A Tale of Two Cities

what explanation does Dr.Manette's letter provide for the actions and vengefulness of Madame Defarge?

i need help plz :) i am only in 10th grade so try to make the answer easy to understand

Asked by
Last updated by Aslan
Answers 1
Add Yours

We wonder, for the better part of A Tale of Two Cities, why Madame Defarge seems so angry and so intent on punishing Charles Darnay--and later his entire family. When the Defarges are part of the storming of the Bastille, they go immediately to Dr. Manette's former cell (one hundred five north tower) and conduct a systematic search. What they found, we discover later, is the evidence which incriminates Charles and his entire family as part of the hated French aristocracy.

The letter was written by Dr. Manette while he was in prison and recounts the story of his imprisonment at the hands of Charles's father and uncle, Monsieur the Marquis (twin brothers). The story is tragic.

The two Evremonde brothers were cruel and sadistic, representing all the worst of the aristocratic class. What they wanted they got--and they wanted a young married woman in their village. They took her, and in doing so humiliated her husband to death, killed her brother in a duel, and caused her father to have a heart attack which killed him. In an unexpected act of charity toward their victims, the men virtually kidnapped the young Dr. Manette, who did his best to save the two who were alive when he got there--the young girl and her brother. He heard enough of their story before they died to be dangerous to the brothers. They returned him to his home, but their spies intercepted a letter written by Dr. Manette explaining to the authorities what he had witnessed. These Evremonde brothers could not allow that, so they used their influence with the Court to have him imprisoned.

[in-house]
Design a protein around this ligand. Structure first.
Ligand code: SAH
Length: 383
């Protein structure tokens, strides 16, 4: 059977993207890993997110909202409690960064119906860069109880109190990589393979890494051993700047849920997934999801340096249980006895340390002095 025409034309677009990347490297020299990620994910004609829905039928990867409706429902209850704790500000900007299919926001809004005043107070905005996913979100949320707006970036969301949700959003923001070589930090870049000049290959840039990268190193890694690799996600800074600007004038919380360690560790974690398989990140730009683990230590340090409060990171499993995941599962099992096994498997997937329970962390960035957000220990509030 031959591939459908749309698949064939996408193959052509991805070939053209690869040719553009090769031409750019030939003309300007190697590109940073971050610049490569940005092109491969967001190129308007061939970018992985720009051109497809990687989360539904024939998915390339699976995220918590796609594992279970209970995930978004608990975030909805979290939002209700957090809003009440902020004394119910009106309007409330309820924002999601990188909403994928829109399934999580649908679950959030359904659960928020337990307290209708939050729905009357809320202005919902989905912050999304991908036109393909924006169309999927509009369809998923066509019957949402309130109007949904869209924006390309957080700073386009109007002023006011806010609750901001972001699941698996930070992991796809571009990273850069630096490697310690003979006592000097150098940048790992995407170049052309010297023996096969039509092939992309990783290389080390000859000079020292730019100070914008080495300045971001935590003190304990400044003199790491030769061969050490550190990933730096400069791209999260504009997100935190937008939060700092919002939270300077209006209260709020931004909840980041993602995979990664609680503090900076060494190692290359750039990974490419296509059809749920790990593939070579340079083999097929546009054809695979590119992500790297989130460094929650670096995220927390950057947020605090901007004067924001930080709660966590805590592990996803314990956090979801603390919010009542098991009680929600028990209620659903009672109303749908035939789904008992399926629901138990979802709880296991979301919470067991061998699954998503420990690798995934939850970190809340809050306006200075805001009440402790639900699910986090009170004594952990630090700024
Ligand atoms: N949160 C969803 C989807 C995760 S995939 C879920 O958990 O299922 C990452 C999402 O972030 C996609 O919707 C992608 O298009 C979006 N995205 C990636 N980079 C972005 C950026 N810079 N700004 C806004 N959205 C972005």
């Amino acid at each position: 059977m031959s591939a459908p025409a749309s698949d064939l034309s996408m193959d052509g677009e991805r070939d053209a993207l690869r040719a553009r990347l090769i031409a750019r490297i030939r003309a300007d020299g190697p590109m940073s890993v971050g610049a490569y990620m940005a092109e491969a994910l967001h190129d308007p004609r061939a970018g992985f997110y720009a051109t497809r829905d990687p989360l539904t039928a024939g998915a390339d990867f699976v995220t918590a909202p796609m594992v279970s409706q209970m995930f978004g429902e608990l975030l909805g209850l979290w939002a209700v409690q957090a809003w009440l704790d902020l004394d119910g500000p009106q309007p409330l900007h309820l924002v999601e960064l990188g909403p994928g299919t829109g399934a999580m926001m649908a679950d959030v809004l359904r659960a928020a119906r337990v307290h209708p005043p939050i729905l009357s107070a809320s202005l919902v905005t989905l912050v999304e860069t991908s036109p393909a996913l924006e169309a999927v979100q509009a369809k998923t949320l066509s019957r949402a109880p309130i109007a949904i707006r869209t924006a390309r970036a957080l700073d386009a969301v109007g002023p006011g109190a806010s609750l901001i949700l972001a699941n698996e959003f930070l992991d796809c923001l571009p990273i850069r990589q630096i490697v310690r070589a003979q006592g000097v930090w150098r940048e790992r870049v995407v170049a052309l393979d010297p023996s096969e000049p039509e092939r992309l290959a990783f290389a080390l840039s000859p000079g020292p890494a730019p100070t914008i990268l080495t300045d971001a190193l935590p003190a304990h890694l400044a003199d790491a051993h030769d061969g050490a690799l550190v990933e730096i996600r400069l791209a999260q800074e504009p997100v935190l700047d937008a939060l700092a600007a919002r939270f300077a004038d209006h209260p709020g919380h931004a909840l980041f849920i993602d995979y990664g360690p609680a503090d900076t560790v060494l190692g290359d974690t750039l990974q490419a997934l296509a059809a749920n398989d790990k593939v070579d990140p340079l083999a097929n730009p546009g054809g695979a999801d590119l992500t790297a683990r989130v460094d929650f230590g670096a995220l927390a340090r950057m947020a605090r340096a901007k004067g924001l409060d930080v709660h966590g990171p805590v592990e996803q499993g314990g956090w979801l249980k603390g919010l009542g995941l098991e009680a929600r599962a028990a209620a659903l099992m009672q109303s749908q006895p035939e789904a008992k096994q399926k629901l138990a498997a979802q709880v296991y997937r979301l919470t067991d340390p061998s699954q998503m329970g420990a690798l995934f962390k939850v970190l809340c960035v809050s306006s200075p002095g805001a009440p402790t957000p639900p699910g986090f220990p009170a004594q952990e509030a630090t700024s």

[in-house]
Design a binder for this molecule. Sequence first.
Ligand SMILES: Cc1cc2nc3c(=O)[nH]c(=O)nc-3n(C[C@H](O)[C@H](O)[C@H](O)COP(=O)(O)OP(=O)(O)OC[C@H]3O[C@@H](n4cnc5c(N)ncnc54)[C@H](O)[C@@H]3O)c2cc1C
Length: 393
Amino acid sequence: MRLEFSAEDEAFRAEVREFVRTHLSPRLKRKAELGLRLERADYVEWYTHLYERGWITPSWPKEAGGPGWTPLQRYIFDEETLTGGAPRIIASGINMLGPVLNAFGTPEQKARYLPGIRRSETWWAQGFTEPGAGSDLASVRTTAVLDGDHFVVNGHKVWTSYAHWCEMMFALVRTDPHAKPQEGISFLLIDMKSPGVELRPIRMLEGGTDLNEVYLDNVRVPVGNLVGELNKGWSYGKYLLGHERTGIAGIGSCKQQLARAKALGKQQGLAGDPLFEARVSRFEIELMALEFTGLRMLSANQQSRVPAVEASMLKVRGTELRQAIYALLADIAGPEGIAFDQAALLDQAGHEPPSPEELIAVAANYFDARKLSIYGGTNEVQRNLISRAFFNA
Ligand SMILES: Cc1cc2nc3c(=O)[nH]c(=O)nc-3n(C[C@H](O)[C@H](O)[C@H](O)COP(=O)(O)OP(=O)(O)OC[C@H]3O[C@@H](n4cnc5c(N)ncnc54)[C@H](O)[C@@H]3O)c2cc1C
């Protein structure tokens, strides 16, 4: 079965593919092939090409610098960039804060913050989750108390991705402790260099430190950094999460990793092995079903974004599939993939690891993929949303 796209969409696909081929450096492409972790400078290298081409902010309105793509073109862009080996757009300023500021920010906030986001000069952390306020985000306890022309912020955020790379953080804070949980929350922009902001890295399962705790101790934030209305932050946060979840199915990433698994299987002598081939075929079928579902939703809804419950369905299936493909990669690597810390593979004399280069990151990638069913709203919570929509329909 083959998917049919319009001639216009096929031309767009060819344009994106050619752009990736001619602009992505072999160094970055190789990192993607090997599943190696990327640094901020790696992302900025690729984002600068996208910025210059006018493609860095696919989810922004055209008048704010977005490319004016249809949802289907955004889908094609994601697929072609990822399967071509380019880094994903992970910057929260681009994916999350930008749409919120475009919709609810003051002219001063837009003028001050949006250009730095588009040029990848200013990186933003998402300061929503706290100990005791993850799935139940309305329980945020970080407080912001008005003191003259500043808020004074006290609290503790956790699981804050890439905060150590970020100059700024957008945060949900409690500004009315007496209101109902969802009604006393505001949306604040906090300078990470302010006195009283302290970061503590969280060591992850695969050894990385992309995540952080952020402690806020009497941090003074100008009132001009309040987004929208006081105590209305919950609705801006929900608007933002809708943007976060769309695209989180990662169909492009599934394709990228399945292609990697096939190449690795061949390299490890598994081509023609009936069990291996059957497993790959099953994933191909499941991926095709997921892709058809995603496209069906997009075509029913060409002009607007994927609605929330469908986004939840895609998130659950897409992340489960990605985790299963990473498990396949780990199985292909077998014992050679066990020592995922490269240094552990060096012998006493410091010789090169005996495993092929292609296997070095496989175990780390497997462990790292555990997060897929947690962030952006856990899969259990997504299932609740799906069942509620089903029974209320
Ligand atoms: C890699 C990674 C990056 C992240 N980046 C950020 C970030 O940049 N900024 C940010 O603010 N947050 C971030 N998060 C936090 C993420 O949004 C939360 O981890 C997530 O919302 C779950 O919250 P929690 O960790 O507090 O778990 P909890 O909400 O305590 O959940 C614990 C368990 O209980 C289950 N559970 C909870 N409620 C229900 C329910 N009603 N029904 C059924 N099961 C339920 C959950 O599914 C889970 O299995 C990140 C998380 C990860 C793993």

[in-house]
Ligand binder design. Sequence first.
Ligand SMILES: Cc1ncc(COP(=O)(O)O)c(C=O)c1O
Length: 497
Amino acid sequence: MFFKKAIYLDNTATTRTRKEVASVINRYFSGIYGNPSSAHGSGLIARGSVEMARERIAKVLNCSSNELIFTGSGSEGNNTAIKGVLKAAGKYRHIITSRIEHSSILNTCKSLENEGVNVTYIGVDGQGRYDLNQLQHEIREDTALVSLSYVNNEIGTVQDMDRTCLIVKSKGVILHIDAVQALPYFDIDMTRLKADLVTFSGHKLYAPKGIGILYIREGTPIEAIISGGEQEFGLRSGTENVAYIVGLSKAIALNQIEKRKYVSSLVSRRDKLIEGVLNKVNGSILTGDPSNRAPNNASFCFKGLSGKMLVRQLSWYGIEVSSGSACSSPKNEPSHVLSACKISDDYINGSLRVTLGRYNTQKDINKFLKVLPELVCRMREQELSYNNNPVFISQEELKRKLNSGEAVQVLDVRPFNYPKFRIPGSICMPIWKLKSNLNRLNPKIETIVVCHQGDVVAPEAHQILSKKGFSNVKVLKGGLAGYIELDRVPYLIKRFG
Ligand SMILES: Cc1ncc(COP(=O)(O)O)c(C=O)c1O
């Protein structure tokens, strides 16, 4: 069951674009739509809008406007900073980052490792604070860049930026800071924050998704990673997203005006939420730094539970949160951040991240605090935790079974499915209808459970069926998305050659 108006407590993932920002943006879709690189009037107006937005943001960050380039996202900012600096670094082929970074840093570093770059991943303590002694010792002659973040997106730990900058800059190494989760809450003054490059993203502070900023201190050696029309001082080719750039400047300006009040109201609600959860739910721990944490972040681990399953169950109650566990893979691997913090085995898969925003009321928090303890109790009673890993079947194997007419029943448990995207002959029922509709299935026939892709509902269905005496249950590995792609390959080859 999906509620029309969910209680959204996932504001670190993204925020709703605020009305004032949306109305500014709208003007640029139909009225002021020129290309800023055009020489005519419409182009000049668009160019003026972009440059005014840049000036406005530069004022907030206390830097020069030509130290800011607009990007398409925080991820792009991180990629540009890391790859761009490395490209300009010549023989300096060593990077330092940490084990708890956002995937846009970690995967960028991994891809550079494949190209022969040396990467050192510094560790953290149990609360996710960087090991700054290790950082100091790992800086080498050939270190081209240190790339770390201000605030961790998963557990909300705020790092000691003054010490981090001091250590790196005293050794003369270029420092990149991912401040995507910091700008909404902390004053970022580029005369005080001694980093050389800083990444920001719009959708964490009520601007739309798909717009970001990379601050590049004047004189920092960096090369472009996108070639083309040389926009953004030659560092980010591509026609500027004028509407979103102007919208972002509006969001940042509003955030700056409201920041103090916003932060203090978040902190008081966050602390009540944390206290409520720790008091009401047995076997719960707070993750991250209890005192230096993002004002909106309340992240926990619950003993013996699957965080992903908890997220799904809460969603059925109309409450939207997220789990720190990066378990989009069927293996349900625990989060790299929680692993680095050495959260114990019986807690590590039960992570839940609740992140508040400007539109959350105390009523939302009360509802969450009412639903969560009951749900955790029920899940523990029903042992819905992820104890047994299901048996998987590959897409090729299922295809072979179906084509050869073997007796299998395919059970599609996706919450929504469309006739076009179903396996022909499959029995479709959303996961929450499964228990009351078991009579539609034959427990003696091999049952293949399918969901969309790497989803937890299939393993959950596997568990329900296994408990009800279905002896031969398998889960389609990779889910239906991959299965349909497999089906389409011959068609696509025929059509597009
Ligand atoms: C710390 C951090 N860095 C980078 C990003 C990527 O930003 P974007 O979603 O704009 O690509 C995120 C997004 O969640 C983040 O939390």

It's a tragic story, though we know beyond question that Charles has not carried on this horrible Evremonde legacy. What makes this important to Madame Defarge is that it's her family about which this letter was written. Her father, brother, brother-in-law, and sister all died at the hands of this family--which explains her thirst for vengeance against any heirs. The letter ends with Dr. Manette's curse of condemnation on the family for all generations, which makes him the prime witness against his own son-in-law. Madame Defarge will not be content until the entire family has been killed, just as they killed her family. It's probably a good thing she dies before they all manage to escape with their lives.